What you put on your plate really affects our planet! Learn more on our fact sheet. Food production is very energy-intensive. Meat, fish, dairy, and egg production use the most energy, causing more greenhouse gas production than plant foods. Due to the way they digest grains, cattle emit methane, a gas much more potent than carbon dioxide in terms of causing global warming.
Approximately half of the land in the continental United States is used for livestock production - either for grazing or for raising grain and soybeans as feed. Wild animals often lose habitat through deforestation to make way for cattle ranches. Since the nineteenth century, cattle ranchers in Western states have taken land from Native Americans, a practice that continues to this day. Due to the decimation of juniper and pinon forests, the Paiute and Shoshone peoples lose their sources of pine nuts, a traditional food that plays an important role in their cultures. In addition, animals such as birds, deer, and mountain lions lose their habitat.
Most factory farms and slaughterhouses are located in rural areas, frequently African American, Native American, or Latino neighborhoods. Wastewater from these facilities contains animal remains, fecal matter, and pollutants such as nitrates, phosphorous, and ammonia. In addition to contaminating local drinking water, the stench from lagoons – holding ponds for this wastewater – is so extreme that people living near them cannot open their windows or spend time outside. This population frequently suffers from asthma, headaches, and tension. Workers – who are typically people of color or immigrants – are exposed to these toxins on the job.
Industrial fishing leads to massive amounts of bycatch – non-target animals that are also killed by trawlers. This includes endangered animals, such as sea turtles, whales, and birds. Marine animals can also become entangled in fishnets, leading to severe injury or death. In fact, injuries from fishnets are a significant hazard to the Atlantic right whale, which has a population of only about 400 individuals and may be facing extinction.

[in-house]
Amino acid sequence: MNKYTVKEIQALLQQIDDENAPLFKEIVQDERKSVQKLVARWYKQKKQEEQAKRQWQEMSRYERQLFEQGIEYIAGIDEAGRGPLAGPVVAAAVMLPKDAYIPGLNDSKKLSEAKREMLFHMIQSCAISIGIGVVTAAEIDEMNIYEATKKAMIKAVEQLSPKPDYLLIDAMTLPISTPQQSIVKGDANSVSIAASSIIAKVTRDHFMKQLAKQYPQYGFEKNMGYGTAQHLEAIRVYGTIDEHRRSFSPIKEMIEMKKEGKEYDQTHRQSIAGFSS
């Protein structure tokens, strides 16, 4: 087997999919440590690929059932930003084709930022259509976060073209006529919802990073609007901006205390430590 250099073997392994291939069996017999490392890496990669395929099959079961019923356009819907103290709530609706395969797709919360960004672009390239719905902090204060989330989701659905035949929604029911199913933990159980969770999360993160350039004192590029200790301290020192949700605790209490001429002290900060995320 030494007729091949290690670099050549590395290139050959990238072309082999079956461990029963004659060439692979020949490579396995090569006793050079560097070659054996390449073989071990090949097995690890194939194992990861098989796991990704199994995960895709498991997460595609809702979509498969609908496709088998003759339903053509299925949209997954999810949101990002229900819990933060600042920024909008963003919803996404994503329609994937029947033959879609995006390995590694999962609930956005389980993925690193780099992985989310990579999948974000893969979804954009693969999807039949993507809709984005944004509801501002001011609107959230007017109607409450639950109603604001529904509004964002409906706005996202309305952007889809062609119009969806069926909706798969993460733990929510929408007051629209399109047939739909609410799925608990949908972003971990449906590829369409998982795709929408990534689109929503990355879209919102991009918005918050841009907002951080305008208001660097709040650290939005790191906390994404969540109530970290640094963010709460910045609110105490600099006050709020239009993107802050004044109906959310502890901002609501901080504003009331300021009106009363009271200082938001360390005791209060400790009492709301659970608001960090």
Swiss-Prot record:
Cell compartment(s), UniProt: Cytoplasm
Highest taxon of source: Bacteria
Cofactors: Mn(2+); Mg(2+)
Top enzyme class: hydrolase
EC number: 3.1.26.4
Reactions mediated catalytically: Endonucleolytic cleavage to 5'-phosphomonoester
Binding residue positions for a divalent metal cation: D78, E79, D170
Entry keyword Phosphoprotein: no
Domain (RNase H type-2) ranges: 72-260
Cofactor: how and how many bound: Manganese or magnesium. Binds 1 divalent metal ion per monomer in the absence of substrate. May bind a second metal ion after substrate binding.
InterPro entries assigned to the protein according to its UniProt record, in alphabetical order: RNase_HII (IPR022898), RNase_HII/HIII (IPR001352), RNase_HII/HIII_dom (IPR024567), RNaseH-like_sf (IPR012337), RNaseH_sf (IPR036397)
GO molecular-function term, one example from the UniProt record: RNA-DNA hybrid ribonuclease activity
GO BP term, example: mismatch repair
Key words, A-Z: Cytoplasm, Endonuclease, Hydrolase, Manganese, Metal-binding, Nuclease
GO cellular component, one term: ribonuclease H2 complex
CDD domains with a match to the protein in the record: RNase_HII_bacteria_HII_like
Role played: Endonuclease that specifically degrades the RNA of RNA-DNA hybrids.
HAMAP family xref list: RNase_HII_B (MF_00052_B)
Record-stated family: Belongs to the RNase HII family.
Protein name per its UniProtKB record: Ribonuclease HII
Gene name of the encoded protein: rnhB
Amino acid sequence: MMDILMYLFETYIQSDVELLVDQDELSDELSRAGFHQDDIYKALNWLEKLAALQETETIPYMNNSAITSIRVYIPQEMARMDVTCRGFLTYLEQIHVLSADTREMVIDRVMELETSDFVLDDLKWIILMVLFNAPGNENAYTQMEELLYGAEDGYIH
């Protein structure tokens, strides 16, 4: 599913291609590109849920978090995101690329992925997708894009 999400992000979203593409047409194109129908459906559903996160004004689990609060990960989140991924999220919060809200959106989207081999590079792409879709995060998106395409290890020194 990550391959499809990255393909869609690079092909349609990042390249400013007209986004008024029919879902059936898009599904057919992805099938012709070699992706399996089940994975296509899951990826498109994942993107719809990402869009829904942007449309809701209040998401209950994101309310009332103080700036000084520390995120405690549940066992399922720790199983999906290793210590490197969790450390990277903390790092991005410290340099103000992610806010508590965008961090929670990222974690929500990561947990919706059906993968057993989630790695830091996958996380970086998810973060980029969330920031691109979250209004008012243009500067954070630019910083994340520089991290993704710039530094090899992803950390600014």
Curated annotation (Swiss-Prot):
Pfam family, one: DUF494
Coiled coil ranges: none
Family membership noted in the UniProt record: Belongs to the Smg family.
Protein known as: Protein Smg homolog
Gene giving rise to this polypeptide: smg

According to the Intergovernmental Panel on Climate Change of the United Nations, eating a plant-based diet is one of the best things you can do to lower your carbon footprint. At the same time, you can dramatically decrease your water usage and protect wildlife habitat.
The mission of the Plant-based Planet Team is to raise awareness of the impact animal agriculture has on the Earth. We encourage people to reduce or eliminate animal food consumption by eating a plant-based diet. Our projects include developing a cooking show, giving talks in community centers, hosting potluck dinners, and arranging lectures.
If you would like to attend one of our monthly meetings or other events, please check the Events Calendar for an updated listing. Planning your own event? See our list of plant-based options in the Boston area.
New Feature! Plant-based Planet Table. In this new monthly feature, we will share plant-based recipes to help you minimize your carbon footprint - while eating healthy, delicious food.
For more information, contact Sara Sezun, Chair, at email@example.com.
For the perspective of Sierra Club national, see Food and Our Climate by Bruce Hamilton, Sierra Club Deputy Executive Director